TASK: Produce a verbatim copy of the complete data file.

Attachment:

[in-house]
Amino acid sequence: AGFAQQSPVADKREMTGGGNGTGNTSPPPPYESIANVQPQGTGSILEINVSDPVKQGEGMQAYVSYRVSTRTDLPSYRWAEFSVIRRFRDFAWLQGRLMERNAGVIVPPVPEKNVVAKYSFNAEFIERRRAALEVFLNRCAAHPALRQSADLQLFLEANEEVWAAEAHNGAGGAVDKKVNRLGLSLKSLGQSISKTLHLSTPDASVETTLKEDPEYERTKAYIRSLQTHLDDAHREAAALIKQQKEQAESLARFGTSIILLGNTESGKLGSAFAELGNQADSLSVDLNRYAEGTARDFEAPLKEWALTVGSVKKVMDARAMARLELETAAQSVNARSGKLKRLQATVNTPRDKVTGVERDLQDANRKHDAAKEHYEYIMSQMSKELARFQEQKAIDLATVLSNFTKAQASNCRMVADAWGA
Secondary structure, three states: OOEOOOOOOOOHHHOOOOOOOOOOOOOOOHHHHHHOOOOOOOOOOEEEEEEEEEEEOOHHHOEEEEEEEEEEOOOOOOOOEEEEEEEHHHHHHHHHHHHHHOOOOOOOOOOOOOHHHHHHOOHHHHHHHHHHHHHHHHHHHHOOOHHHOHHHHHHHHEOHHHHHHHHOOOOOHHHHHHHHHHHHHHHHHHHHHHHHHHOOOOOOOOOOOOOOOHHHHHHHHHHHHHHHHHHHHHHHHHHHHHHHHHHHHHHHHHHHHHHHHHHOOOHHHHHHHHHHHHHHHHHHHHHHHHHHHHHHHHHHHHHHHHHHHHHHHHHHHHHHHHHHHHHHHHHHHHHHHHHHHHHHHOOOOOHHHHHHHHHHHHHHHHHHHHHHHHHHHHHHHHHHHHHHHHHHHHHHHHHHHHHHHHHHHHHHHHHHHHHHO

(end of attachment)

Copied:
[in-house]
Amino acid sequence: AGFAQQSPVADKREMTGGGNGTGNTSPPPPYESIANVQPQGTGSILEINVSDPVKQGEGMQAYVSYRVSTRTDLPSYRWAEFSVIRRFRDFAWLQGRLMERNAGVIVPPVPEKNVVAKYSFNAEFIERRRAALEVFLNRCAAHPALRQSADLQLFLEANEEVWAAEAHNGAGGAVDKKVNRLGLSLKSLGQSISKTLHLSTPDASVETTLKEDPEYERTKAYIRSLQTHLDDAHREAAALIKQQKEQAESLARFGTSIILLGNTESGKLGSAFAELGNQADSLSVDLNRYAEGTARDFEAPLKEWALTVGSVKKVMDARAMARLELETAAQSVNARSGKLKRLQATVNTPRDKVTGVERDLQDANRKHDAAKEHYEYIMSQMSKELARFQEQKAIDLATVLSNFTKAQASNCRMVADAWGA
Secondary structure, three states: OOEOOOOOOOOHHHOOOOOOOOOOOOOOOHHHHHHOOOOOOOOOOEEEEEEEEEEEOOHHHOEEEEEEEEEEOOOOOOOOEEEEEEEHHHHHHHHHHHHHHOOOOOOOOOOOOOHHHHHHOOHHHHHHHHHHHHHHHHHHHHOOOHHHOHHHHHHHHEOHHHHHHHHOOOOOHHHHHHHHHHHHHHHHHHHHHHHHHHOOOOOOOOOOOOOOOHHHHHHHHHHHHHHHHHHHHHHHHHHHHHHHHHHHHHHHHHHHHHHHHHHOOOHHHHHHHHHHHHHHHHHHHHHHHHHHHHHHHHHHHHHHHHHHHHHHHHHHHHHHHHHHHHHHHHHHHHHHHHHHHHHHHOOOOOHHHHHHHHHHHHHHHHHHHHHHHHHHHHHHHHHHHHHHHHHHHHHHHHHHHHHHHHHHHHHHHHHHHHHHO